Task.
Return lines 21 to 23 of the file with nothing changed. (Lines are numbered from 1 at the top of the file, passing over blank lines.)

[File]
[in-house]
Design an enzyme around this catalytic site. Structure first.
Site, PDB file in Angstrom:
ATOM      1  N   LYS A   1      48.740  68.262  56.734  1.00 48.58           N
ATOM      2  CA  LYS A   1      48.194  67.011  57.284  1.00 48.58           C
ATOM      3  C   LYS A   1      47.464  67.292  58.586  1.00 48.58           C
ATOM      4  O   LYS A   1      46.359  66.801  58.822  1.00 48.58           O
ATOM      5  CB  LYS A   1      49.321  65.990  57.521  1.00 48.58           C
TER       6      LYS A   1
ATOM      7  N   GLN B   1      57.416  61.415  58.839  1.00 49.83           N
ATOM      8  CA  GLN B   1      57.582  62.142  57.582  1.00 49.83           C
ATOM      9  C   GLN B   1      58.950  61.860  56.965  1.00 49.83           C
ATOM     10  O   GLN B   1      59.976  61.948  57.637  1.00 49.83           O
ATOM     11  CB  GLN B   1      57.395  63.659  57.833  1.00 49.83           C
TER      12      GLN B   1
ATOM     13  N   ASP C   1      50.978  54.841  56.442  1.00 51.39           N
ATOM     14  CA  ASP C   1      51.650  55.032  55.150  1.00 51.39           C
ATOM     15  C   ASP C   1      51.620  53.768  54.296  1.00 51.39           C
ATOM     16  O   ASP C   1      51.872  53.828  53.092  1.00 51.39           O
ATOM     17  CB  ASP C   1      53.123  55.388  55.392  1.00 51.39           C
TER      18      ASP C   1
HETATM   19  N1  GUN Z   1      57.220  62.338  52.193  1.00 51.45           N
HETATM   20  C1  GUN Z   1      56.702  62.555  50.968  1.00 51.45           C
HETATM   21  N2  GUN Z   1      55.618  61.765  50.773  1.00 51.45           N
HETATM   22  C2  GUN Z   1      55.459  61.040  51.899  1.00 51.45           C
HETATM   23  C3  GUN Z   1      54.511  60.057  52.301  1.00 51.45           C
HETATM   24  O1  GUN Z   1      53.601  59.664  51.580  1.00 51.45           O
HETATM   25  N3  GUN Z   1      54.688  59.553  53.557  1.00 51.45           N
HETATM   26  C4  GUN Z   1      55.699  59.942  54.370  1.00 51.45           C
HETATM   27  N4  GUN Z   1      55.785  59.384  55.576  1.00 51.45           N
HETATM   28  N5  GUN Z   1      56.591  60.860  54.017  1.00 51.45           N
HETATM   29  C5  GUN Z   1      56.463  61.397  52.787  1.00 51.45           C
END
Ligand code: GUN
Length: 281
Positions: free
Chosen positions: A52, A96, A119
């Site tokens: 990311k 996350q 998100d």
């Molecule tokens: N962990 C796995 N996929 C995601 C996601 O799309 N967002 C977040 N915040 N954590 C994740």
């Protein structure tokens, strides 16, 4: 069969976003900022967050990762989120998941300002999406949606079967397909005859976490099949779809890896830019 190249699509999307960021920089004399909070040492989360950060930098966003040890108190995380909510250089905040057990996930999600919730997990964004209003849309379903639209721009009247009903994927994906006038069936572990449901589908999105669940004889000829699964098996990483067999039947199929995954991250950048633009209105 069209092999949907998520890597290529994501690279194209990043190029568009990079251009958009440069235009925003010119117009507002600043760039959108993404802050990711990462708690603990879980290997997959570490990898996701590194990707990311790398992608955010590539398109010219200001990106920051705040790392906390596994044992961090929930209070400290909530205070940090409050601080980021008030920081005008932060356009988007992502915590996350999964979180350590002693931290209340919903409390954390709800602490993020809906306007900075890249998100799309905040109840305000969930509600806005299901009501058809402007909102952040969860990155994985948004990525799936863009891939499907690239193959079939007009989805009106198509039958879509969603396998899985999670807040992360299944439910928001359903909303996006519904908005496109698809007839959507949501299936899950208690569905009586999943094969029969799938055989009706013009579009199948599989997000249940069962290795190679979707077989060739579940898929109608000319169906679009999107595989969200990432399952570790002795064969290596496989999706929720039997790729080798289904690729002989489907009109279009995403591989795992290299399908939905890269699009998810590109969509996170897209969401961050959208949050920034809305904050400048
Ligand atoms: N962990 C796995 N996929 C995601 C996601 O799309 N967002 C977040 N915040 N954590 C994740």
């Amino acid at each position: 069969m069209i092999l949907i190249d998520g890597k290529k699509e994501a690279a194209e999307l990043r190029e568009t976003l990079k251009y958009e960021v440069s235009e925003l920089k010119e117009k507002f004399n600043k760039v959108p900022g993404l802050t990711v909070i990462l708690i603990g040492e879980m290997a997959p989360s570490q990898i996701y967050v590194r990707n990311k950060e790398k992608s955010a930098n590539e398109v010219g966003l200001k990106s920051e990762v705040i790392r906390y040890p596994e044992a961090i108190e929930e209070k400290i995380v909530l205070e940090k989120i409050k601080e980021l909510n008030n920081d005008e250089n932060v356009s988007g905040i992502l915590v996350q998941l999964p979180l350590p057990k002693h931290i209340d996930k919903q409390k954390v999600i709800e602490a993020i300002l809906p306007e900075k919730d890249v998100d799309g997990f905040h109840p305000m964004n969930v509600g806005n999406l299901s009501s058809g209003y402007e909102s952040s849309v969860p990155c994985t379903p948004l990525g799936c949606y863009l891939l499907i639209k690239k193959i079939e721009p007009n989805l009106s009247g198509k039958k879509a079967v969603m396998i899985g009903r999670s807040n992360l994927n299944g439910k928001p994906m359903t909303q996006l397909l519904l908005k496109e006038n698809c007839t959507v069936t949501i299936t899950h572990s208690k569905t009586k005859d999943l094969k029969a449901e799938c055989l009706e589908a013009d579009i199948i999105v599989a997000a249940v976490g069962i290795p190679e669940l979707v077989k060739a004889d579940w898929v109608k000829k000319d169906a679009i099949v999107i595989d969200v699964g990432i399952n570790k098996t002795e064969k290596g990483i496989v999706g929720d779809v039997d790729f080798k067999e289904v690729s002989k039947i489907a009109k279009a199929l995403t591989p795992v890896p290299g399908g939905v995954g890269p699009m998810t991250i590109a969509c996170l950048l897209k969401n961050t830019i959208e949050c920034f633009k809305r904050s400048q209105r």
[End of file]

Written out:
TER      18      ASP C   1
HETATM   19  N1  GUN Z   1      57.220  62.338  52.193  1.00 51.45           N
HETATM   20  C1  GUN Z   1      56.702  62.555  50.968  1.00 51.45           C